Michigan’s Going PRO campaign made a stop in northern Michigan on Monday to encourage people to consider careers in the skilled trades.
The campaign launched last month to fill what’s expected to be a major statewide talent shortage in the trades.
They’re hoping to get more people, including high school students to look at these careers.
The state of Michigan needs skilled trades workers. The state estimates they’ll need to fill 545,000 jobs by the year 2026, and they’re using the Going PRO campaign to get started.
“This is really a campaign to help influence students, parents other individuals in their lives to really showcase the importance of professional trades in our economy,” said Stephanie Beckhorn, Acting Director of Talent and Economic Development.
The campaign encourages high school students to start exploring these careers before they leave high school. That’s just what Nathan Keech from Traverse City did and is already employed as a CNC operator at Clark Manufacturing.
“As a second year student it was really awesome because it didn’t even feel like school. I would just go in and have a good time, just doing what I really love and it was a lot of fun actually. A lot of it’s really satisfying. Just the way the chips fly off the parts and the satisfaction after you’ve done it that you’ve made this out of a raw chunk of metal, it’s something that can be used,” said Keech.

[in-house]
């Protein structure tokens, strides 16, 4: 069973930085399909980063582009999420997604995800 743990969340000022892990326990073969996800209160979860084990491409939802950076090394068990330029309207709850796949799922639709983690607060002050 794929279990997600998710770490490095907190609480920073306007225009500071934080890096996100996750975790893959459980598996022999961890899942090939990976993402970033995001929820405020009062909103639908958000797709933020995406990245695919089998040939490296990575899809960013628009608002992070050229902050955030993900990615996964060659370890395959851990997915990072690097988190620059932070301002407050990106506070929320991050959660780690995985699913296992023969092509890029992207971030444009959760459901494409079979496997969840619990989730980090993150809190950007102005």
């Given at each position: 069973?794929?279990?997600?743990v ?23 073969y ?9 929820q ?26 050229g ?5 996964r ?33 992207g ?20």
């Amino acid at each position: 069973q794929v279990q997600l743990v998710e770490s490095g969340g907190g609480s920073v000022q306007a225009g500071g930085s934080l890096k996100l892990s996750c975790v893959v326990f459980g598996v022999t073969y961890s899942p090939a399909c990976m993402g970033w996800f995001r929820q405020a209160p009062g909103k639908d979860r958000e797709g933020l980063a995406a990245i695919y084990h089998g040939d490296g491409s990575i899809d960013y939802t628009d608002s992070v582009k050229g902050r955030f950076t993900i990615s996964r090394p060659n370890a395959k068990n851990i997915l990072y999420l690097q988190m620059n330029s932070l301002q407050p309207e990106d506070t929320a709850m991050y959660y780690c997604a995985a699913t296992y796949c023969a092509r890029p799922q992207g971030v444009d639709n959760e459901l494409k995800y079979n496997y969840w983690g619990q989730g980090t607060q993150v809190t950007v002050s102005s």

The Going PRO campaign is also connecting people with job openings. They say many of these jobs come with an average salary of $54,000 a year.
“Our employers are counting on it. They need to fill these jobs to stay in Michigan, to grow in Michigan, to expand in Michigan,” said Beckhorn.
A message echoed by northern Michigan companies.
“Unfortunately there are very few people that have the training we need in injection molding. It’s really the future of our industry, and our company to have skilled workers,” said Maree Mulvoy of M R Products.
For more information on Going PRO, click here.